[][src]Trait rand_core::SeedableRng

pub trait SeedableRng: Sized {
    type Seed: Sized + Default + AsMut<[u8]>;
    fn from_seed(seed: Self::Seed) -> Self;

    fn seed_from_u64(state: u64) -> Self { ... }
fn from_rng<R: RngCore>(rng: R) -> Result<Self, Error> { ... }
fn from_entropy() -> Self { ... } }

A random number generator that can be explicitly seeded.

This trait encapsulates the low-level functionality common to all pseudo-random number generators (PRNGs, or algorithmic generators).

Associated Types

type Seed: Sized + Default + AsMut<[u8]>

Seed type, which is restricted to types mutably-dereferencable as u8 arrays (we recommend [u8; N] for some N).

It is recommended to seed PRNGs with a seed of at least circa 100 bits, which means an array of [u8; 12] or greater to avoid picking RNGs with partially overlapping periods.

For cryptographic RNG's a seed of 256 bits is recommended, [u8; 32].

Implementing SeedableRng for RNGs with large seeds

Note that the required traits core::default::Default and core::convert::AsMut<u8> are not implemented for large arrays [u8; N] with N > 32. To be able to implement the traits required by SeedableRng for RNGs with such large seeds, the newtype pattern can be used:

use rand_core::SeedableRng;

const N: usize = 64;
pub struct MyRngSeed(pub [u8; N]);
pub struct MyRng(MyRngSeed);

impl Default for MyRngSeed {
    fn default() -> MyRngSeed {
        MyRngSeed([0; N])

impl AsMut<[u8]> for MyRngSeed {
    fn as_mut(&mut self) -> &mut [u8] {
        &mut self.0

impl SeedableRng for MyRng {
    type Seed = MyRngSeed;

    fn from_seed(seed: MyRngSeed) -> MyRng {
Loading content...

Required methods

fn from_seed(seed: Self::Seed) -> Self

Create a new PRNG using the given seed.

PRNG implementations are allowed to assume that bits in the seed are well distributed. That means usually that the number of one and zero bits are roughly equal, and values like 0, 1 and (size - 1) are unlikely. Note that many non-cryptographic PRNGs will show poor quality output if this is not adhered to. If you wish to seed from simple numbers, use seed_from_u64 instead.

All PRNG implementations should be reproducible unless otherwise noted: given a fixed seed, the same sequence of output should be produced on all runs, library versions and architectures (e.g. check endianness). Any "value-breaking" changes to the generator should require bumping at least the minor version and documentation of the change.

It is not required that this function yield the same state as a reference implementation of the PRNG given equivalent seed; if necessary another constructor replicating behaviour from a reference implementation can be added.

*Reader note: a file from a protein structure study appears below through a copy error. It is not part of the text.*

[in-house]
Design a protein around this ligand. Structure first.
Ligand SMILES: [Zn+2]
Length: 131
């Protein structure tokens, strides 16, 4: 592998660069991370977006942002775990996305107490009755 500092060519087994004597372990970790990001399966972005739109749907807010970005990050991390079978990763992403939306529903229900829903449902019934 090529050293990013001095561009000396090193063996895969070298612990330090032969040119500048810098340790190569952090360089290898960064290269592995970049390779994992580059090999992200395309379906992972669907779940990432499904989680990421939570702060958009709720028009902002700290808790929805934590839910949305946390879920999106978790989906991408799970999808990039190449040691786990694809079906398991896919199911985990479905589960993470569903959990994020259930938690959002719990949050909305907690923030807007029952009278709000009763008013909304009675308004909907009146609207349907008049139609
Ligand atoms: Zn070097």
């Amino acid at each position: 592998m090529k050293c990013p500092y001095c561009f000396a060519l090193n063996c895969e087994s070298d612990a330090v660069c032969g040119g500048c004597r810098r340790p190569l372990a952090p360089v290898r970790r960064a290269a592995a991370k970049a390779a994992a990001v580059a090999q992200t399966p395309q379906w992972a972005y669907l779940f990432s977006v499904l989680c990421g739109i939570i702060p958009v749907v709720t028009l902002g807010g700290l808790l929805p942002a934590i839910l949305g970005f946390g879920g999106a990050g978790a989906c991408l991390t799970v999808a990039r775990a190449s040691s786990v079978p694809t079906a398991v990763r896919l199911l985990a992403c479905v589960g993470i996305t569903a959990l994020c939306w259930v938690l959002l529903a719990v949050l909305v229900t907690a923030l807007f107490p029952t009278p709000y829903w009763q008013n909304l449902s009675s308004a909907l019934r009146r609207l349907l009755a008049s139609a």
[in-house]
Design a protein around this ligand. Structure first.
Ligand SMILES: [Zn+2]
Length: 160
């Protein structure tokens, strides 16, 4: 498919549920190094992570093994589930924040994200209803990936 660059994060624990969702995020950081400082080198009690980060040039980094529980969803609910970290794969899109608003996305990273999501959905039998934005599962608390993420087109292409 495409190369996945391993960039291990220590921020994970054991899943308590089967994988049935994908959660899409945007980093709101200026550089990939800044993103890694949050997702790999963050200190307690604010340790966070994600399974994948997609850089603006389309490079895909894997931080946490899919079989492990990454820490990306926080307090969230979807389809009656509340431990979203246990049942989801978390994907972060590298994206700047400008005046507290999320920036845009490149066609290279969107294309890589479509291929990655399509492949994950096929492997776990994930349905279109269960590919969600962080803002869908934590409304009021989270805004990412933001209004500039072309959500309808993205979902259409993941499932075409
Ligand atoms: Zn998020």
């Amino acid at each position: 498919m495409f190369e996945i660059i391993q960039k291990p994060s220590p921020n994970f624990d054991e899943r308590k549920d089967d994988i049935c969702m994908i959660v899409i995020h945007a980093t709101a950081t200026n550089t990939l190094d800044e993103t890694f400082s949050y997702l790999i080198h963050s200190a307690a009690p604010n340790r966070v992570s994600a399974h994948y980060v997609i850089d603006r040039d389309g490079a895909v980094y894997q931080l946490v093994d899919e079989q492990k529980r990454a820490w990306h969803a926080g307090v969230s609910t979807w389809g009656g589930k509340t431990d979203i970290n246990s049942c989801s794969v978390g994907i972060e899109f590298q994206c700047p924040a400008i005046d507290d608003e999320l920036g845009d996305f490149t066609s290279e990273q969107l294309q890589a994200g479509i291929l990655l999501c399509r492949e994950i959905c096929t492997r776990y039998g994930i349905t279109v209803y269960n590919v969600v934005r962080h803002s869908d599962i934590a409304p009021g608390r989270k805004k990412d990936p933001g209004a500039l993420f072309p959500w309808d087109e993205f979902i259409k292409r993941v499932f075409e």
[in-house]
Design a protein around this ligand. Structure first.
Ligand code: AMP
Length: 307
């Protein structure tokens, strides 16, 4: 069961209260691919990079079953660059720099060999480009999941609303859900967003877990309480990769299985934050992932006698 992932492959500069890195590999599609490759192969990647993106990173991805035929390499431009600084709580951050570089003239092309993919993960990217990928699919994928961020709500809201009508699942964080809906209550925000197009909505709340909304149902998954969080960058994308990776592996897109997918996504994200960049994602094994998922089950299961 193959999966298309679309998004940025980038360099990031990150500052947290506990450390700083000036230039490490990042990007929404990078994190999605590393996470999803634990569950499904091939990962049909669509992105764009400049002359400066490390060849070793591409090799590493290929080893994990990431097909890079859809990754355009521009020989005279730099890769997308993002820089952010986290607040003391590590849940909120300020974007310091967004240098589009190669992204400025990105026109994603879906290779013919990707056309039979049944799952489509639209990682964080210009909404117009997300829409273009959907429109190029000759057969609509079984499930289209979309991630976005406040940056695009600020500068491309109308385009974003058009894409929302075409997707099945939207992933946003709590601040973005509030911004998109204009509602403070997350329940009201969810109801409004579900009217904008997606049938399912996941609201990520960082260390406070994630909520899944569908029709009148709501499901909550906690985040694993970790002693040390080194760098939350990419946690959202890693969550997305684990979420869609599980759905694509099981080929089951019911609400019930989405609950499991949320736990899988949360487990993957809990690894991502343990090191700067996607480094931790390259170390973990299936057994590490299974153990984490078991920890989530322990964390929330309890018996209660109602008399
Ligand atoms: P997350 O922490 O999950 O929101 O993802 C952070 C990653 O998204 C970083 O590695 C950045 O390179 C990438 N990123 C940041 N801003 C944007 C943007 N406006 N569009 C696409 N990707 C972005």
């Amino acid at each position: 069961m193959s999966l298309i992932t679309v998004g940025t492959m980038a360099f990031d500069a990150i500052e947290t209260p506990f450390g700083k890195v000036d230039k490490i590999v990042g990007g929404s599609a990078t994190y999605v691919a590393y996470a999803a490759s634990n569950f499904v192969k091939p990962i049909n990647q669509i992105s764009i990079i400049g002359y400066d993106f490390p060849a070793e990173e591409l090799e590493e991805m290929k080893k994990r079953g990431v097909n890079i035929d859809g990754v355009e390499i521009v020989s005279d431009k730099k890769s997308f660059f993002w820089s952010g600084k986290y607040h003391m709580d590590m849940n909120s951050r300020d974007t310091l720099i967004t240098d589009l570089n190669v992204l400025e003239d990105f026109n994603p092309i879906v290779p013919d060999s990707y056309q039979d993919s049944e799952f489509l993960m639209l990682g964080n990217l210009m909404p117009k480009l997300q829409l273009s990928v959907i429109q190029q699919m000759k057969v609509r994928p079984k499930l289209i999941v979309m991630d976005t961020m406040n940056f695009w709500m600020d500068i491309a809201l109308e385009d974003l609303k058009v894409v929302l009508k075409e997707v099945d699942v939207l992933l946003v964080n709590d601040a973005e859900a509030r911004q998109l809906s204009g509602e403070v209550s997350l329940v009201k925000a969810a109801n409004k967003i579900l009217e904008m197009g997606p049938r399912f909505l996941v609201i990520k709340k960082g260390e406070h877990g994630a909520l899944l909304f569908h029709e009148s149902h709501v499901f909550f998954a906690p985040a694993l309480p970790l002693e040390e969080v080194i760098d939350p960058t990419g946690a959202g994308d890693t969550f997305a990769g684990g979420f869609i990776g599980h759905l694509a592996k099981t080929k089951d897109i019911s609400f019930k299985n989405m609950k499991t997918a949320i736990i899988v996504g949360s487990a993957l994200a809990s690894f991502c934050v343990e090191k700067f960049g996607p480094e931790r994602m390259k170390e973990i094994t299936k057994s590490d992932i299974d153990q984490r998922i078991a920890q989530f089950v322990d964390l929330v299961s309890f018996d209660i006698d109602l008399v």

PRNG implementations should make sure from_seed never panics. In the case that some special values (like an all zero seed) are not viable seeds it is preferable to map these to alternative constant value(s), for example 0xBAD5EEDu32 or 0x0DDB1A5E5BAD5EEDu64 ("odd biases? bad seed"). This is assuming only a small number of values must be rejected.

Loading content...

Provided methods

fn seed_from_u64(state: u64) -> Self

Create a new PRNG using a u64 seed.

This is a convenience-wrapper around from_seed to allow construction of any SeedableRng from a simple u64 value. It is designed such that low Hamming Weight numbers like 0 and 1 can be used and should still result in good, independent seeds to the PRNG which is returned.

This is not suitable for cryptography, as should be clear given that the input size is only 64 bits.

Implementations for PRNGs may provide their own implementations of this function, but the default implementation should be good enough for all purposes. Changing the implementation of this function should be considered a value-breaking change.

fn from_rng<R: RngCore>(rng: R) -> Result<Self, Error>

Create a new PRNG seeded from another Rng.

This may be useful when needing to rapidly seed many PRNGs from a master PRNG, and to allow forking of PRNGs. It may be considered deterministic.

The master PRNG should be at least as high quality as the child PRNGs. When seeding non-cryptographic child PRNGs, we recommend using a different algorithm for the master PRNG (ideally a CSPRNG) to avoid correlations between the child PRNGs. If this is not possible (e.g. forking using small non-crypto PRNGs) ensure that your PRNG has a good mixing function on the output or consider use of a hash function with from_seed.

Note that seeding XorShiftRng from another XorShiftRng provides an extreme example of what can go wrong: the new PRNG will be a clone of the parent.

PRNG implementations are allowed to assume that a good RNG is provided for seeding, and that it is cryptographically secure when appropriate. As of rand 0.7 / rand_core 0.5, implementations overriding this method should ensure the implementation satisfies reproducibility (in prior versions this was not required).

fn from_entropy() -> Self

Creates a new instance of the RNG seeded via getrandom.

This method is the recommended way to construct non-deterministic PRNGs since it is convenient and secure.

In case the overhead of using getrandom to seed many PRNGs is an issue, one may prefer to seed from a local PRNG, e.g. from_rng(thread_rng()).unwrap().


If getrandom is unable to provide secure entropy this method will panic.

Loading content...


impl<R: BlockRngCore + SeedableRng> SeedableRng for BlockRng<R>[src]

type Seed = R::Seed

impl<R: BlockRngCore + SeedableRng> SeedableRng for BlockRng64<R>[src]

type Seed = R::Seed

Loading content...